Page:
return '<p class="slider-more"><a>ID ) . '"&gt;Continue reading</a></p>';
}
add_filter( 'excerpt_more', 'custom_excerpt_more' );

And please remember that custom_excerpt_with_more() function is for those excerpts that are considered automatic or user-specified excerpts with read-more tag.

CSS and JavaScript
And now we come to the all important part where we add the CSS and Javascript to the functions.php page; this step is essential if you want the sticky post slider to be up and running. Just follow the codes as listed below and copy, paste the same in your functions.php file.

function custom_slider_css_js() {
if ( is_home() ) { // only in home page
 
#slider{border:1px solid #ccc;width:640px;position:relative;overflow:hidden;height:213px;margin-bottom:20px;}
#mask{position:absolute;height:213px;}
.items{float:left;height:213px;width:640px;position:relative;}
.items .wp-post-image {float:left;}
.info{width:320px;float:left;font-family:Arial, Helvetica, sans-serif;}
#content .info h2{font-size:20px;font-weight:bold;color:#1c3f95;margin:10px 10px 15px 10px;}
#content .info p{font-size:11px;color:#1c3f95;line-height:16px;margin:10px;}
.info a{font-size:10px;padding:5px 7px;background:#e1e1e1;text-decoration:none;text-transform:uppercase;font-weight:bold;color:#1c3f95;}
.info a:hover{color:#ffffff;background:#1c3f95;}
#slider .handle{position:absolute;bottom:0;right:5px;line-height:10px;text-align:center;font-size:25px;font-weight:bold;}
.handle a{color:#ccc;height:20px;width:20px;display:inline-block;cursor:pointer;}
.handle .active{color:#1c3f95;}
.handle a:hover{color:#1c9f65;}


 /**/

}
}
add_action(&#039;wp_head&#039;, &#039;custom_slider_css_js&#039; );

WordPress theme modification
Now, we get to modify the theme for the WordPress to include the codes for the slider. We need to head over to the loop file or in this case, the file that is tagged as loop.php. Locate the file for your theme and once you have located the same, place your cursor right above the loop area and enter the codes for your slider, as shown below.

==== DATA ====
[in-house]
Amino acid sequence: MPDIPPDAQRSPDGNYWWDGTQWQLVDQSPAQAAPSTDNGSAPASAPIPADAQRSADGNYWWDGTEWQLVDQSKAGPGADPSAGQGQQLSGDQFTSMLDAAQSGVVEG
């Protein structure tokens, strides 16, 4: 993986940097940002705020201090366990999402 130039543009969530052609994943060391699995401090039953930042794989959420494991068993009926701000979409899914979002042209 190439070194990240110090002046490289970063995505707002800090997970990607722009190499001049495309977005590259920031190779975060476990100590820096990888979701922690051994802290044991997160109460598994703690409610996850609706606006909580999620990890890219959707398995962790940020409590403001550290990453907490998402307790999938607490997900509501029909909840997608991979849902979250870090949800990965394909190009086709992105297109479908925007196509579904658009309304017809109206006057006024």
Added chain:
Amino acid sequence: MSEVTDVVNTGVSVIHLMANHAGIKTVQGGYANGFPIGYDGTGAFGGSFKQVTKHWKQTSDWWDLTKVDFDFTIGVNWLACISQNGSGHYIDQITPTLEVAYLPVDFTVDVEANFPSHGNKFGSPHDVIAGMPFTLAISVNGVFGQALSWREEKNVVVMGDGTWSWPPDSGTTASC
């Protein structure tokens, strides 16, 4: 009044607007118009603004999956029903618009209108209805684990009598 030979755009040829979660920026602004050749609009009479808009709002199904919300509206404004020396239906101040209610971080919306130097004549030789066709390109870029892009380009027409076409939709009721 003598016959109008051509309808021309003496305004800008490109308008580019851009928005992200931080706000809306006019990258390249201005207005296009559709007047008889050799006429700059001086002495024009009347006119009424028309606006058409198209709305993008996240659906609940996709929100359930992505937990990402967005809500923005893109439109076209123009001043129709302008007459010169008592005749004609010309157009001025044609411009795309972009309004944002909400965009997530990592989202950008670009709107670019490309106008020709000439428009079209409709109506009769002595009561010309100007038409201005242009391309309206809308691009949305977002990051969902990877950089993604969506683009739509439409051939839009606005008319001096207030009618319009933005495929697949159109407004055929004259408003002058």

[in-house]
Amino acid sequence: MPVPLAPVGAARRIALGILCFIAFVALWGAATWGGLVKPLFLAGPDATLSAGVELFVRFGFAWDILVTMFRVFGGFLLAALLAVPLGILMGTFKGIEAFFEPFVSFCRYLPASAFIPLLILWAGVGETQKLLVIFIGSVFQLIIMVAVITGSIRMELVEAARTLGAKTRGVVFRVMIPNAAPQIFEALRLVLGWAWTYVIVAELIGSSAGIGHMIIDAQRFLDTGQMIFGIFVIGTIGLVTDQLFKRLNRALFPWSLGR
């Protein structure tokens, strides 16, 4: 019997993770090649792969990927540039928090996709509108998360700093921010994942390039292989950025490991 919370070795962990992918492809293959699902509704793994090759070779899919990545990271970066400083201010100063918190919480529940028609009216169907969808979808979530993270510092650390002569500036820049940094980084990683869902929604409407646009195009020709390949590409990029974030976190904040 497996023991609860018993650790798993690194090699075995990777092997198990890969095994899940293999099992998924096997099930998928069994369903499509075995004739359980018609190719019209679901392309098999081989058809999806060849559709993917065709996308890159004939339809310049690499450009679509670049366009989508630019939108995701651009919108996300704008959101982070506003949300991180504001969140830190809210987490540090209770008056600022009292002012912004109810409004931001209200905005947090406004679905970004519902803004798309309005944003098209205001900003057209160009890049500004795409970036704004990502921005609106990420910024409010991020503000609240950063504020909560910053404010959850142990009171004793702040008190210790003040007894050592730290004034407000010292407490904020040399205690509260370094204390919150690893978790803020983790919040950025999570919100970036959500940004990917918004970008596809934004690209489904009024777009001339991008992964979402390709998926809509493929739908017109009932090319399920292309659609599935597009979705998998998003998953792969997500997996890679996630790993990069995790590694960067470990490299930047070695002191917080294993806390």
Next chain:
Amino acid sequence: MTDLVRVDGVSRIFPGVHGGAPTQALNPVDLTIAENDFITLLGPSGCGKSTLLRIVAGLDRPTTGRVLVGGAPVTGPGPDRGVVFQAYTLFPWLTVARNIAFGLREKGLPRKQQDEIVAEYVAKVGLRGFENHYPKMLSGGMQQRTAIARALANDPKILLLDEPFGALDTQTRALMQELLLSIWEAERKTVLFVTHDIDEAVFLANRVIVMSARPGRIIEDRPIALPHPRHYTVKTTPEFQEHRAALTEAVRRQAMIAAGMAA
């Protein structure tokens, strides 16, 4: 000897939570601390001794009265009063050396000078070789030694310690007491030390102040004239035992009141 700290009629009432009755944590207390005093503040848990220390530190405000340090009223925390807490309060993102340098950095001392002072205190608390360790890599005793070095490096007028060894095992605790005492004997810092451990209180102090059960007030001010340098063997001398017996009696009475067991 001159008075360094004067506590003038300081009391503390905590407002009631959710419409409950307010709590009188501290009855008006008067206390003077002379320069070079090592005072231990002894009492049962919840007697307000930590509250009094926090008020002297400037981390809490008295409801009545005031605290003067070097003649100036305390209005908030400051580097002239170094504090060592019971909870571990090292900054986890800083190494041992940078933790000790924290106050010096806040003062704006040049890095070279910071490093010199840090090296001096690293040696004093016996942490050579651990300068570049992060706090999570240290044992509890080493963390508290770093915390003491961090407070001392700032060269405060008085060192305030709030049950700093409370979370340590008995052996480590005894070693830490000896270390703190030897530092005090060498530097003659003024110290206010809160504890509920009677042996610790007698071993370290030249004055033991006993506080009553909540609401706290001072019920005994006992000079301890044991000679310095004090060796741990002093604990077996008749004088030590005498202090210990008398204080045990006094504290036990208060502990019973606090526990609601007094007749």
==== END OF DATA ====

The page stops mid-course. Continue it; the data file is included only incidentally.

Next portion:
$sticky ) );

have_posts()): $count = 0; ?&gt;
<div id="slider">
<div id="mask">
have_posts() ): $slider-&gt;the_post(); $count++; ?&gt;
<div class="items">

 <div class="info">
<h2></h2>
                    
            </div>
            </div>
 
    </div>
 <div class="handle">
  0; $count--): 
<a>&bull;</a>

</div>
</div>


Now, we are almost done – all you need to do is to check out your website to see if your sticky post slider is up and running. If you want to carry out additional changes, you can do so with ease – all you need to do is to enter the required code and that should be it. There is one more thing that we need to do and that’s getting rid of the regular sticky posts. The whole idea behind setting up a sticky post slider was so that it does not take away attention from the latest posts listed on your website. And that’s exactly why we need to remove the old variant right away, just follow the codes listed below and that should do it, for the moment.

$sticky ) );

have_posts()): $count = 0; ?&gt;
<div id="slider">
<div id="mask">
have_posts() ): $slider-&gt;the_post(); $count++; ?&gt;
<div class="items">

<div class="info">
<h2></h2>

 </div>
</div>

 </div>
<div class="handle">
 0; $count--): ?&gt;
<a>&bull;</a>

</div>
</div>

query, array( 'post__not_in' =&gt; $sticky ) );
query_posts( $args );


Now, you should be able to enjoy your completely functional sticky post slider; with this slider in place, your home page should look a lot less cluttered and definitely stand out for all the right reasons. Remember that you can carry out similar changes with other themes and sliders as well. As a result of this slider you should be able to get more traction online than ever before, which in turn should lead to more traffic and better SEO.